My baking to-do list is rather long, as you might imagine, but I finally had the chance to cross off an item that’s been patiently lingering: working with sprouted grain flour. With my recent successful endeavor into sprouting my own buckwheat groats, and the eye-opening taste and texture they brought to my Sprouted Buckwheat Sourdough, I was keen on venturing further down the same path. My intention was to sprout my own wheat berries, dehydrate the sprouts, and then pass them through my grain mill to produce a fine flour to be used as a percentage in a bread formula. Instead, I was happy to discover that King Arthur Sprouted Wheat Flour offers a sprouted and milled wheat flour. Just perfect for this sprouted grain sourdough bread.
After a few minutes shy of finishing my typical hand mix, I looked down at the dark dough oozing between my fingers and thought to myself: “Wow, this looks and smells remarkably wonderful.”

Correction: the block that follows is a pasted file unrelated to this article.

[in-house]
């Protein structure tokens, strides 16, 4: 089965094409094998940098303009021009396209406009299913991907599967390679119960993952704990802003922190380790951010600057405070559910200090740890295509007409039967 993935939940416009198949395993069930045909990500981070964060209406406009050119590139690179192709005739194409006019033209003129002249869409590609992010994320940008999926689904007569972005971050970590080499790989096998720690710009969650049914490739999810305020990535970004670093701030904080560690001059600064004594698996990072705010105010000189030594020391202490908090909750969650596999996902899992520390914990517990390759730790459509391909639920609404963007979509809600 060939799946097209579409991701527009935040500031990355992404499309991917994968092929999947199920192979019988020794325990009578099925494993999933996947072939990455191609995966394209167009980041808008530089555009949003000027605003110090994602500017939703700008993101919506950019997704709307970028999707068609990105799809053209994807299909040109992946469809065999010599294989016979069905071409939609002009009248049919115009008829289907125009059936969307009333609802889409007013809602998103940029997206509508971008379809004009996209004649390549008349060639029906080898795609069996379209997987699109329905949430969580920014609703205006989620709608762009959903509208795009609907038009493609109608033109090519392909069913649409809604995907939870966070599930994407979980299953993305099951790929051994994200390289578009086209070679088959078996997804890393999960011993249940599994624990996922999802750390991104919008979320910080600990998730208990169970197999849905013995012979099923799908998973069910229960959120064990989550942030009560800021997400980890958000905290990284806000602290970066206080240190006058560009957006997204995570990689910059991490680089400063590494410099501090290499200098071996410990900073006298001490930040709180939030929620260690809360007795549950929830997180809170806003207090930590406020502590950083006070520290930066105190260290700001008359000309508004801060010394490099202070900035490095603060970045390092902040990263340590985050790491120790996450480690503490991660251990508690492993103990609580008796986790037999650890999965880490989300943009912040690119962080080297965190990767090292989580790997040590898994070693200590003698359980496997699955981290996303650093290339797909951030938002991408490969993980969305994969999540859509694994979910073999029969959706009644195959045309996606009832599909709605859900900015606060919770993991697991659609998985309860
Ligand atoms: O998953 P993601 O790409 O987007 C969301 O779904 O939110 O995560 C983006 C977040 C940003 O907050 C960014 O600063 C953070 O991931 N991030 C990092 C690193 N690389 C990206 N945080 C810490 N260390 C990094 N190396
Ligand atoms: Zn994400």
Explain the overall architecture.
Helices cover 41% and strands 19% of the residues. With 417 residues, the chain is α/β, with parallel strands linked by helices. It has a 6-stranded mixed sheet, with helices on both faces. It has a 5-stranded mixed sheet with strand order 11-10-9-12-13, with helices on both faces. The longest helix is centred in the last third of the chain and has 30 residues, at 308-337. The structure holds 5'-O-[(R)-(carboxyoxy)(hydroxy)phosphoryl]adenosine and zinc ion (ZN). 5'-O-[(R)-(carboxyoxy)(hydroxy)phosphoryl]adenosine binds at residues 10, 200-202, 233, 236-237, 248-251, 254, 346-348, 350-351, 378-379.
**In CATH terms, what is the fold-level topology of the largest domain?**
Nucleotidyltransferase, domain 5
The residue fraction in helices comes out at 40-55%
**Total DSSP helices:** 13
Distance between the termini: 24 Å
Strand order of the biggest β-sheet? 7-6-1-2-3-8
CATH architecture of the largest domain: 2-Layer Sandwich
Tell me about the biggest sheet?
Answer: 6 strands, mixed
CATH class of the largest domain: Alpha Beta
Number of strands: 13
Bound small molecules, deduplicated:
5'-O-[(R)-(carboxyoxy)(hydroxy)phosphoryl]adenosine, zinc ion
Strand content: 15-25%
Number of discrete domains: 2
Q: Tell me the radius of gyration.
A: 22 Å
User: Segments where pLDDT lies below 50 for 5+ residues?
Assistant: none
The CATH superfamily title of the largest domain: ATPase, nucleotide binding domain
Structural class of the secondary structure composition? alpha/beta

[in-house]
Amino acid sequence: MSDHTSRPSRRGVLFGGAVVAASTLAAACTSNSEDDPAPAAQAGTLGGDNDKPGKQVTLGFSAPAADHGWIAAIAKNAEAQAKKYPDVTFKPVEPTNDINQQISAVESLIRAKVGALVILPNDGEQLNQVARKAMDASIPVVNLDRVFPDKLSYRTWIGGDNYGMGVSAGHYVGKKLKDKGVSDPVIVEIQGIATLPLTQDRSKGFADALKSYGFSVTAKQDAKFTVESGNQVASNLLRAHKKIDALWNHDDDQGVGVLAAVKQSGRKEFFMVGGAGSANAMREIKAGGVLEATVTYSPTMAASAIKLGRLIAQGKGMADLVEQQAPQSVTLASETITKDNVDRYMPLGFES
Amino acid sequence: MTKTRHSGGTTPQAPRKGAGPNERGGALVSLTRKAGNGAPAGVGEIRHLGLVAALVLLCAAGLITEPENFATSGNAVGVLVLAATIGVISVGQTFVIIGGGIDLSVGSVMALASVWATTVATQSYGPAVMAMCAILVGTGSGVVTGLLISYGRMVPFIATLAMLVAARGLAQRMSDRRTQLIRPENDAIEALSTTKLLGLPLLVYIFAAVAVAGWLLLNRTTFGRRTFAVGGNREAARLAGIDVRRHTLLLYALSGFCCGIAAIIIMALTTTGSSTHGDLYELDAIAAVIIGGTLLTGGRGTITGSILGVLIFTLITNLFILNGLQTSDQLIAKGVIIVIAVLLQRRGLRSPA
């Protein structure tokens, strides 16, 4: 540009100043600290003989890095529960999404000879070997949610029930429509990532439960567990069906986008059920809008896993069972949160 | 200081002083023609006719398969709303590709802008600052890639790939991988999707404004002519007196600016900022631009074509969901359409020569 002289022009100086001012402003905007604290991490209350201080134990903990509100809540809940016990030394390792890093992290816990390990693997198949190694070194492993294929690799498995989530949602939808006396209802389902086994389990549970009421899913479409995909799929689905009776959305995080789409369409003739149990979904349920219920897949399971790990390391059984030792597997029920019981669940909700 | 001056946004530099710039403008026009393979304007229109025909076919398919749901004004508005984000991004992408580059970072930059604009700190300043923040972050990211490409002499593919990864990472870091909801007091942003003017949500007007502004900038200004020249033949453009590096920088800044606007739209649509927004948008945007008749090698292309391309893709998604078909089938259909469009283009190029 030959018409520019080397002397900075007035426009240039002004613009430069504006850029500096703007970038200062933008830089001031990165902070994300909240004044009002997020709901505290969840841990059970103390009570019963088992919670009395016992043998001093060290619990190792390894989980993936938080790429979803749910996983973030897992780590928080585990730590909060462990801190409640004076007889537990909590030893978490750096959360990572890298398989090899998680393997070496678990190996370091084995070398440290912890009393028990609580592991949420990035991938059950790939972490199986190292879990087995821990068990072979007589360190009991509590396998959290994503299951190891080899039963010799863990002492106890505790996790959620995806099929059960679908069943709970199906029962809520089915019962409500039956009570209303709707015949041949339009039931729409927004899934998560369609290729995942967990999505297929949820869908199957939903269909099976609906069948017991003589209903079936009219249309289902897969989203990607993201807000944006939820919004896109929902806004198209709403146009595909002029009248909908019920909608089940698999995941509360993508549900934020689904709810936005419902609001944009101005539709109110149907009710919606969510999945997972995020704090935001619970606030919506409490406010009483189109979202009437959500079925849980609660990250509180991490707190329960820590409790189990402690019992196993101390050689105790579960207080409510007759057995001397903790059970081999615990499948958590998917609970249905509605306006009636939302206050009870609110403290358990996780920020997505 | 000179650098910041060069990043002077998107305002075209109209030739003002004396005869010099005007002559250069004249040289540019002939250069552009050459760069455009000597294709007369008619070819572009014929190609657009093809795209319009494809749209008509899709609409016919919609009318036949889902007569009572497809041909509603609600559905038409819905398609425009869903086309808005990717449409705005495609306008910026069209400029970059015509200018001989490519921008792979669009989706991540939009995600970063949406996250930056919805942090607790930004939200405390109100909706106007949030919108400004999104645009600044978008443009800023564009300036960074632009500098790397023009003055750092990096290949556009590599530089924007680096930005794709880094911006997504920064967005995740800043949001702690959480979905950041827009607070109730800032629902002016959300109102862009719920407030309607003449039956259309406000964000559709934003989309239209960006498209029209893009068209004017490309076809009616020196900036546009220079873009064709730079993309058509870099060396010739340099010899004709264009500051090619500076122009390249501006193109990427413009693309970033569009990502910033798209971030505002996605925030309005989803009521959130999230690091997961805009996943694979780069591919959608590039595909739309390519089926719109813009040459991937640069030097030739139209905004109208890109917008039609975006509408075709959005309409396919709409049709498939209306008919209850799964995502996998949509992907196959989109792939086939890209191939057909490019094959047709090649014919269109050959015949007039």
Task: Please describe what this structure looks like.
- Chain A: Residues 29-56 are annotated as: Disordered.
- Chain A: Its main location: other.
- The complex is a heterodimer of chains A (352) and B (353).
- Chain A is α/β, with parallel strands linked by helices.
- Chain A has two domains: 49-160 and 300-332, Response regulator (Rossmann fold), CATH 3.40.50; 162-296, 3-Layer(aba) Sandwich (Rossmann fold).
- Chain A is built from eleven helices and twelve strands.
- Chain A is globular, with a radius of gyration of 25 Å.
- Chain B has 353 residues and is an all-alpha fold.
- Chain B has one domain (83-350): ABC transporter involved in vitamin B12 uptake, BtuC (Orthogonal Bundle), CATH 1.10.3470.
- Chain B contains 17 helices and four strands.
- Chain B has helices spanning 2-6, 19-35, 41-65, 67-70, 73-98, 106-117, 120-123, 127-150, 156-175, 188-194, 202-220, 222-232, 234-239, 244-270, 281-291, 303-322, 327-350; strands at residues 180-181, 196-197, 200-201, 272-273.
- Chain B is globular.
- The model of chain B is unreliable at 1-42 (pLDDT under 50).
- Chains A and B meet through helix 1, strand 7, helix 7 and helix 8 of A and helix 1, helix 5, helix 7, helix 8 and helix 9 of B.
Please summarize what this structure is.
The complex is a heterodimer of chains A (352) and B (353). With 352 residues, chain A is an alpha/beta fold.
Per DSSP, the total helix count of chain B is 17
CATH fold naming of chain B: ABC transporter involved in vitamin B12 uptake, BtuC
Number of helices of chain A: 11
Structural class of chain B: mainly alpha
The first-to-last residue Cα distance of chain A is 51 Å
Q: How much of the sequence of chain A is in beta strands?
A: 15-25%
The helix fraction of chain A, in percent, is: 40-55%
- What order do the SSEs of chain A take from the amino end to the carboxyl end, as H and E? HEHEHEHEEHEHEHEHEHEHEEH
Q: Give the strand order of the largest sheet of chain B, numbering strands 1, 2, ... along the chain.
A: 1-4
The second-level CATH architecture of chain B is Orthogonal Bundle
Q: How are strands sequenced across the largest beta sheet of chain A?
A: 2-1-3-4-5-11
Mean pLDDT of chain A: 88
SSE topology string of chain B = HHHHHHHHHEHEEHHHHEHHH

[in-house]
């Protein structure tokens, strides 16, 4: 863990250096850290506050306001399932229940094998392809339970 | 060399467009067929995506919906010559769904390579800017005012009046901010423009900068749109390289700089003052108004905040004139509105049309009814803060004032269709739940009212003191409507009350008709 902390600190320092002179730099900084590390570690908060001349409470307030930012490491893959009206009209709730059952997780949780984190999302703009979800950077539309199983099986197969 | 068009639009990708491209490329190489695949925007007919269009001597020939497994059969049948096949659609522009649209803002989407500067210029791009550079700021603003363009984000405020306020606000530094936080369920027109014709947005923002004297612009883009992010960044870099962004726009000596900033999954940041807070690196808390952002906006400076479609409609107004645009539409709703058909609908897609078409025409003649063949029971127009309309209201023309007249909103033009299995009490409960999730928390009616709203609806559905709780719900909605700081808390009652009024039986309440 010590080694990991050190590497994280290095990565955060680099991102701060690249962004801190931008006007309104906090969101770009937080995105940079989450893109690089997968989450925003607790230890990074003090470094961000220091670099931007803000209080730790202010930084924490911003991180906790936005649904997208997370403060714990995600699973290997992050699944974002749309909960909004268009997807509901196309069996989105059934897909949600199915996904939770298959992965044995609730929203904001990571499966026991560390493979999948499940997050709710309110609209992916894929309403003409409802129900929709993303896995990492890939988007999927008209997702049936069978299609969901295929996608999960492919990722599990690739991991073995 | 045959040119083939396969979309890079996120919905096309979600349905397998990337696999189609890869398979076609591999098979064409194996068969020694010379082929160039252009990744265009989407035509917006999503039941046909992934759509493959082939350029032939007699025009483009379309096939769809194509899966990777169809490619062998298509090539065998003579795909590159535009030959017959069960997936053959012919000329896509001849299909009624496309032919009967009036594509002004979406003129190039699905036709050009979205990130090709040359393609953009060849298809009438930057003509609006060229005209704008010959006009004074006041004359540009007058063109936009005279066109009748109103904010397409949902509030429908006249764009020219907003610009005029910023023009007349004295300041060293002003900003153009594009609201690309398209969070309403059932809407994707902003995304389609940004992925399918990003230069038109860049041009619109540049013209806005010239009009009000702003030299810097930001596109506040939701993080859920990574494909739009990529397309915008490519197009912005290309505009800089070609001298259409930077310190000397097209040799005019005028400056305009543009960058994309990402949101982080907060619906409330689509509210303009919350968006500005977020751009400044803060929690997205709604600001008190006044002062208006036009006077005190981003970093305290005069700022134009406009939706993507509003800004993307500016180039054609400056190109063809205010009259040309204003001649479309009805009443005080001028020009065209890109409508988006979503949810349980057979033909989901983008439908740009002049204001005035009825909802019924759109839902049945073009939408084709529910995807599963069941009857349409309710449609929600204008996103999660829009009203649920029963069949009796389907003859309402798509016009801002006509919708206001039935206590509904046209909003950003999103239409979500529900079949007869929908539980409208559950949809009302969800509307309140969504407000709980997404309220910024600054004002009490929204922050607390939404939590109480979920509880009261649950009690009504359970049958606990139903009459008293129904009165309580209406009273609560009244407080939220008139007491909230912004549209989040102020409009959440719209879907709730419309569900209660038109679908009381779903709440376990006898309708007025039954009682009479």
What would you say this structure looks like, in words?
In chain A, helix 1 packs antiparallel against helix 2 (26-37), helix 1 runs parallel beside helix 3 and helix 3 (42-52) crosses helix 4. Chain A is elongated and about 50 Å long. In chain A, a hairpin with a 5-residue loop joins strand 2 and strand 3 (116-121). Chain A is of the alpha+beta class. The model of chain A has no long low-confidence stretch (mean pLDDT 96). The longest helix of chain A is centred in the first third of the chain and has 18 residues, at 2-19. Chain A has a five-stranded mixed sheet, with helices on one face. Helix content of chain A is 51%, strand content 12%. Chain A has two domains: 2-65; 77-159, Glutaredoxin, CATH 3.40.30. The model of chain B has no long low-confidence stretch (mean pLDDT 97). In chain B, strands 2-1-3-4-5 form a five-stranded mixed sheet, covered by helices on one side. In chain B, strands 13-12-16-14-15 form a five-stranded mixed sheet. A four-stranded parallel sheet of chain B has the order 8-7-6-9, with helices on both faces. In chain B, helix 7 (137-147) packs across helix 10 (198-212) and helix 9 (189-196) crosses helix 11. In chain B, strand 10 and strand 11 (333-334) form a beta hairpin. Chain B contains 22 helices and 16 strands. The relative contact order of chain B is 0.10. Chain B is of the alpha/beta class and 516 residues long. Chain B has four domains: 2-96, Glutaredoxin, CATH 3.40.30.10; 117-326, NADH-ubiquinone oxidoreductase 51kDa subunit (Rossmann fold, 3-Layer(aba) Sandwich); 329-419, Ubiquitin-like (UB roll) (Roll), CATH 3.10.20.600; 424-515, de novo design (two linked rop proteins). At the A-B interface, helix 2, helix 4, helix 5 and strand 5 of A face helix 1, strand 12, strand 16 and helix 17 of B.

When working again and again with bread dough, you come to expect a certain color palette: deep reds, nut-browns, soft tans, milky whites, and every possible shade therein—for the most part, this palette neatly defines your bread baking world. Even when changing to freshly milled flour or a new type of grain you can usually be assured the color will be along that spectrum. Not so with whole grain buckwheat. Just a small percentage of the milled, dark and menacing grain-like seed transformed the entire dough to something more like itself: a stunning dark gray, almost black, hue. The earthy aroma surfaced memories of fresh cut soba noodles I had in a modest but astounding restaurant in Japan.